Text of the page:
of both llouses. 1 Cobb, Parl. Hist. 1198.] We shall now present the reader with a selves, in treaty and advise, the principal offérNarrative of the Proceedings against sir Giles der, sir Giles Mompesson, was escaped. ThereMompesson, a member of parliament, a Projec- fore, the Commons did desire strict scrutiny tor, and a great Dealer and Patentee. I his should be made for finding him out within the man the Commons convened before them, and realm." The messengers being withdrawn. the ordered him into custody of the serjeant at Lords agreed to the Conferonce: the number

, arms; but he, being conscious of his guilt, the whole house : the time and place, March found means to make his escape, and Aed be 5th at iwo in the afternoon, in the Painted yond sea. The particulars of this affair will Chamber. Sir Edw. Coke and the rest were best appear from the Journals of the Lords, to again called, and the Lord Chancellor ac whom the Commons carried their Complaint quainted them, That the house had agreed is against the said sir Giles, and others con- meet with the Commons, as above; and that cerner with him in the execution of his pro- their lordships would give their best aid and jects: all the judicial proceedings both against assistance for finding out the offender. Og this man, and others of much higher rank, in which Answer, sir Edw. desired to explain bis the sequel, being transacted before this 'su- Message a little further; and declared that the preme Court of Judicature.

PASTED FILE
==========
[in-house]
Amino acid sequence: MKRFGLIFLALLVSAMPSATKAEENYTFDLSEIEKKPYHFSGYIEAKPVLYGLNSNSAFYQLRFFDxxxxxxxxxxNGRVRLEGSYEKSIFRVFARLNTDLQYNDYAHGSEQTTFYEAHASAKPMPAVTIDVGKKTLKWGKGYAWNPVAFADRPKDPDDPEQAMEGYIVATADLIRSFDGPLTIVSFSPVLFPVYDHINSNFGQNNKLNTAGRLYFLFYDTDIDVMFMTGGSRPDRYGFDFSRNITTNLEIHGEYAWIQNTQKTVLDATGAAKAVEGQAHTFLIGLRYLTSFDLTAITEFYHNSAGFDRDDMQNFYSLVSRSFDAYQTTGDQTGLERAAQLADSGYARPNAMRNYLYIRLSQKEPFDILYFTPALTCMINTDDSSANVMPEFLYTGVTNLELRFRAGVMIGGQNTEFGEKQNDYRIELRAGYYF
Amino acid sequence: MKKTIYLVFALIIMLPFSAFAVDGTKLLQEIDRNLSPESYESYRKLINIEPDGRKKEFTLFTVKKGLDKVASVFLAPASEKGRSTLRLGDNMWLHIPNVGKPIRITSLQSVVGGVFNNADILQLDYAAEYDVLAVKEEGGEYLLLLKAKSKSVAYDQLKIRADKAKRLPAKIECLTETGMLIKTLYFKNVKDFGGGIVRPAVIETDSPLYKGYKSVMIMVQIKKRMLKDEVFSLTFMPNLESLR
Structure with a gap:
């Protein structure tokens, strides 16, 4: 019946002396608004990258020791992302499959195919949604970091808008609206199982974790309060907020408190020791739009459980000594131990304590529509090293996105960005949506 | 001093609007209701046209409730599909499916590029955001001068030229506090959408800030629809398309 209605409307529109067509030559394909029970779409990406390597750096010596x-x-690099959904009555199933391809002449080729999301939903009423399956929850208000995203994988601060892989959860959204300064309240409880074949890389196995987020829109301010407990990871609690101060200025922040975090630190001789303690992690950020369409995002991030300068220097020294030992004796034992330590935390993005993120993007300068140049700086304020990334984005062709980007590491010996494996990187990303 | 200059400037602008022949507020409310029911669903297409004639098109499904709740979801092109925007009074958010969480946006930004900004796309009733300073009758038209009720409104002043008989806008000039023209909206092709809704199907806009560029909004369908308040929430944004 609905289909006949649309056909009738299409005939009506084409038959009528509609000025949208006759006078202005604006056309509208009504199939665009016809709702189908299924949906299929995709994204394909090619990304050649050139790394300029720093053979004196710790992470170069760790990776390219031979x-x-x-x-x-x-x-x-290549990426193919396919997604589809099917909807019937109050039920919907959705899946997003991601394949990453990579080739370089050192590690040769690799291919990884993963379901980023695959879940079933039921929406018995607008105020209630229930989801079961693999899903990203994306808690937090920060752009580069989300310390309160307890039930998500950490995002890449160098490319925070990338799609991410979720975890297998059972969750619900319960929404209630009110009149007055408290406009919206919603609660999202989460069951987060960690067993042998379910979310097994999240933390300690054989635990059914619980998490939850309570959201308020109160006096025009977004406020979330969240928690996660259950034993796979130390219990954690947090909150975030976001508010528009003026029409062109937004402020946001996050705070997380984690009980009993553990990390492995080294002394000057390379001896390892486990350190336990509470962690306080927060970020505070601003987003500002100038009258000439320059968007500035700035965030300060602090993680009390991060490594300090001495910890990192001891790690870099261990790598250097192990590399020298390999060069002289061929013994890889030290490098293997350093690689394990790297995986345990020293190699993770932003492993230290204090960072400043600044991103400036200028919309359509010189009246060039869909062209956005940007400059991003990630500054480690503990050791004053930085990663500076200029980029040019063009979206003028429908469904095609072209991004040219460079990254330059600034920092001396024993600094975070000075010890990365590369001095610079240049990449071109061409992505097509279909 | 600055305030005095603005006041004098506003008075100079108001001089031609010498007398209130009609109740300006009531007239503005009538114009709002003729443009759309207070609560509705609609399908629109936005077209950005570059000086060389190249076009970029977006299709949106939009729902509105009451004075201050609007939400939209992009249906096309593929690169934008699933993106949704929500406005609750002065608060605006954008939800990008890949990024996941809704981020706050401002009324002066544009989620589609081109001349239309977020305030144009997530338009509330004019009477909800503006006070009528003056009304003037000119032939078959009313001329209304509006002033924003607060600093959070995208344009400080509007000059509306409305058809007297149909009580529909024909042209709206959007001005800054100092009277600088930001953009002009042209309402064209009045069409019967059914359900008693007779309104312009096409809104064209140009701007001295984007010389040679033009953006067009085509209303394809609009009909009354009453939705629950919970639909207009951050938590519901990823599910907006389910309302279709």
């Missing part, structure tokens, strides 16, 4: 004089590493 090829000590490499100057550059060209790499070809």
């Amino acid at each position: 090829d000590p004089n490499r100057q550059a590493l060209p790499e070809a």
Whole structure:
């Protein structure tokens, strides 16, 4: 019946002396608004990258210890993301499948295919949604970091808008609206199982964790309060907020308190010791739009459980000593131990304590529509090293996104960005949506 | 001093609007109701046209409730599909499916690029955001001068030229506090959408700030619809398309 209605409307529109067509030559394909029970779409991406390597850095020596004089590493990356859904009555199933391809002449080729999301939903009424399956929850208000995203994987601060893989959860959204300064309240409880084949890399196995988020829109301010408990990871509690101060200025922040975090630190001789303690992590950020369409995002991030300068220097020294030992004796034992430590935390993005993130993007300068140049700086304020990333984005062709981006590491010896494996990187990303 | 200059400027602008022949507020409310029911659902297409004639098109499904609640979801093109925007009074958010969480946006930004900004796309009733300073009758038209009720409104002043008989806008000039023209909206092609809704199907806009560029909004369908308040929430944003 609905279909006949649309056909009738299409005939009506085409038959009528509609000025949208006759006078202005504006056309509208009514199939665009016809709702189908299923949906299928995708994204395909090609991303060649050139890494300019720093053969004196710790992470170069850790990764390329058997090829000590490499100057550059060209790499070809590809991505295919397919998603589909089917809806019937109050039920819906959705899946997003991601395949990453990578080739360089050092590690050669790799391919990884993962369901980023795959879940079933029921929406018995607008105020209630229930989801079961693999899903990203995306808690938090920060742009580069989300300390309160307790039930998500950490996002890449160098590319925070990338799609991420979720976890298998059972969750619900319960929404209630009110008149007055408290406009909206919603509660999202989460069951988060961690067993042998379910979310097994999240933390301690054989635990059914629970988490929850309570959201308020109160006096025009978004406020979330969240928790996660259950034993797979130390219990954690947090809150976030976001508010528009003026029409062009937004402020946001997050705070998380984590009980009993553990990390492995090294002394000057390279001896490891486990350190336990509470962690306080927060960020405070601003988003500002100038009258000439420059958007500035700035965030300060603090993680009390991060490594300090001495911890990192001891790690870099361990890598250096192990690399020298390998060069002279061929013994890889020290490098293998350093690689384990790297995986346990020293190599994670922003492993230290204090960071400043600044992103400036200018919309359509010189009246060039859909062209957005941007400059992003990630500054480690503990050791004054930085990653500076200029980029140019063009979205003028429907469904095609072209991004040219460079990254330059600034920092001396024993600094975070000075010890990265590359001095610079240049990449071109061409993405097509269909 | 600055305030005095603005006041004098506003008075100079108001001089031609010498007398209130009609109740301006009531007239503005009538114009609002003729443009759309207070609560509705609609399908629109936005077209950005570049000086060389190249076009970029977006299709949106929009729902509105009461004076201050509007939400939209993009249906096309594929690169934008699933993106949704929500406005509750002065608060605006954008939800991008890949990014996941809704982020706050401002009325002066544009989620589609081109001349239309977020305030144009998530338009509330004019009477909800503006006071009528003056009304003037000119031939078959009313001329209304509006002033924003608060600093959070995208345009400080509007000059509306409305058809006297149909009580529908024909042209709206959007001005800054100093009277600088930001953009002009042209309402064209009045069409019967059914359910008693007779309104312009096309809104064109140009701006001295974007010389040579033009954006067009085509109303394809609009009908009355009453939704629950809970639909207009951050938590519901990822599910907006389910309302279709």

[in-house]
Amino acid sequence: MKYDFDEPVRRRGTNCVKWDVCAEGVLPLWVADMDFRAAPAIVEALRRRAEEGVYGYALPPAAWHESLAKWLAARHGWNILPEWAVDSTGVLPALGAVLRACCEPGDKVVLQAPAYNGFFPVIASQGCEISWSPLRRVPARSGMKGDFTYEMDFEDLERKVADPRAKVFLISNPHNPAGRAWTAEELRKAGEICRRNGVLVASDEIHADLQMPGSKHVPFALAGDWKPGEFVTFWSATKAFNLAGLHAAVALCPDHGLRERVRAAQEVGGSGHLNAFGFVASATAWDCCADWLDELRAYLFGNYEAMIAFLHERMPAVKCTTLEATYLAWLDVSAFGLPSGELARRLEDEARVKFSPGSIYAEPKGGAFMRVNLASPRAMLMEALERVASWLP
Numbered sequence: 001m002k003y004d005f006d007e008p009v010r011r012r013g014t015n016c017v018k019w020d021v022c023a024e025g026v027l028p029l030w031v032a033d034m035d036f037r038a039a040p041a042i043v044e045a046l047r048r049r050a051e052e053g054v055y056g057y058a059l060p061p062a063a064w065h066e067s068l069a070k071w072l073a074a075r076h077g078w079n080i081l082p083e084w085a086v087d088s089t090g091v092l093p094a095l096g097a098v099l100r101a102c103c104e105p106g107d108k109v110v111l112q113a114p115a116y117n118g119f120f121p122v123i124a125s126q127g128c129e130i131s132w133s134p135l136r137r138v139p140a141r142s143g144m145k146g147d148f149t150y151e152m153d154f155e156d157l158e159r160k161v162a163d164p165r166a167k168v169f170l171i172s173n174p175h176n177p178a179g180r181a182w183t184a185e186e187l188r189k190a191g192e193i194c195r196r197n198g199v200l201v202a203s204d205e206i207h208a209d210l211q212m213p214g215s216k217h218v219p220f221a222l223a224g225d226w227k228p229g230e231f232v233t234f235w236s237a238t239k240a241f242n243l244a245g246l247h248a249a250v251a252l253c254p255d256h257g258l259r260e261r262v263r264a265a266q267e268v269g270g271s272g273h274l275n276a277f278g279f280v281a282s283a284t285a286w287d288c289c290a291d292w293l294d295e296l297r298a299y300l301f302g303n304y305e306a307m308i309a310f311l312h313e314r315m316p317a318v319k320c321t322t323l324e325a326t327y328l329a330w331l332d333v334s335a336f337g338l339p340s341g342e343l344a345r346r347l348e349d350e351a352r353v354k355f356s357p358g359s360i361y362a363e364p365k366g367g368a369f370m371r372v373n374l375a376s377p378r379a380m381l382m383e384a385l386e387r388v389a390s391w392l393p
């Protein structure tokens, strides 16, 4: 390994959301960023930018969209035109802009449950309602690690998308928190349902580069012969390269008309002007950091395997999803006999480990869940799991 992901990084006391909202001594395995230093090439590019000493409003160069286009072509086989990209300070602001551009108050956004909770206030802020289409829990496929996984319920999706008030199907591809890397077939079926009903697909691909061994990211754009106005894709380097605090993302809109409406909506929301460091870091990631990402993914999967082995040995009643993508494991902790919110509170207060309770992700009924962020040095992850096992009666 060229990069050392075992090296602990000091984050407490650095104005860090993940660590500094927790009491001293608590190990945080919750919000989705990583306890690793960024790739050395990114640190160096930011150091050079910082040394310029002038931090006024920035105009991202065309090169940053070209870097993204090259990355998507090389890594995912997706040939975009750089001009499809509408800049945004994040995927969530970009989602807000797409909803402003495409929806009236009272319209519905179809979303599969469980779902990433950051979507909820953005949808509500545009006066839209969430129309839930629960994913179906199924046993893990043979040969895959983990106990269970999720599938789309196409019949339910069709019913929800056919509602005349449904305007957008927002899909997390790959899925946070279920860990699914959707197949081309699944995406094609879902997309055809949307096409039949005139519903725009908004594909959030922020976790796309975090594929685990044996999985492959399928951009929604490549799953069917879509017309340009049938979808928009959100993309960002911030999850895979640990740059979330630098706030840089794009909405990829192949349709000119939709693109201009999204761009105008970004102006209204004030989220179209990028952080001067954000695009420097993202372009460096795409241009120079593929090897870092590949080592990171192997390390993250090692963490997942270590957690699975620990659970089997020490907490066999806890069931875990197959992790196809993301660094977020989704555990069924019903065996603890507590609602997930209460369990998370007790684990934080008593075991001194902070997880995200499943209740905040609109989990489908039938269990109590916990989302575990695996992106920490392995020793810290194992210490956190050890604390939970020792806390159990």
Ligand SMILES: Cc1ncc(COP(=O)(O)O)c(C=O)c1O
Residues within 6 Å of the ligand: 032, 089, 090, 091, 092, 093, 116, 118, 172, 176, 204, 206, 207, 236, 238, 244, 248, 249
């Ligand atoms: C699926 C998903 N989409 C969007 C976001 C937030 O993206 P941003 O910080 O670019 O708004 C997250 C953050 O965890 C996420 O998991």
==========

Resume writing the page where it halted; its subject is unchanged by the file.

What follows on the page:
Commons were not fully provided for a CooMarch 3, 1620. A Message from the Lower ference so soon ; but that his meaning was

, House was delivered to the Lords hy sir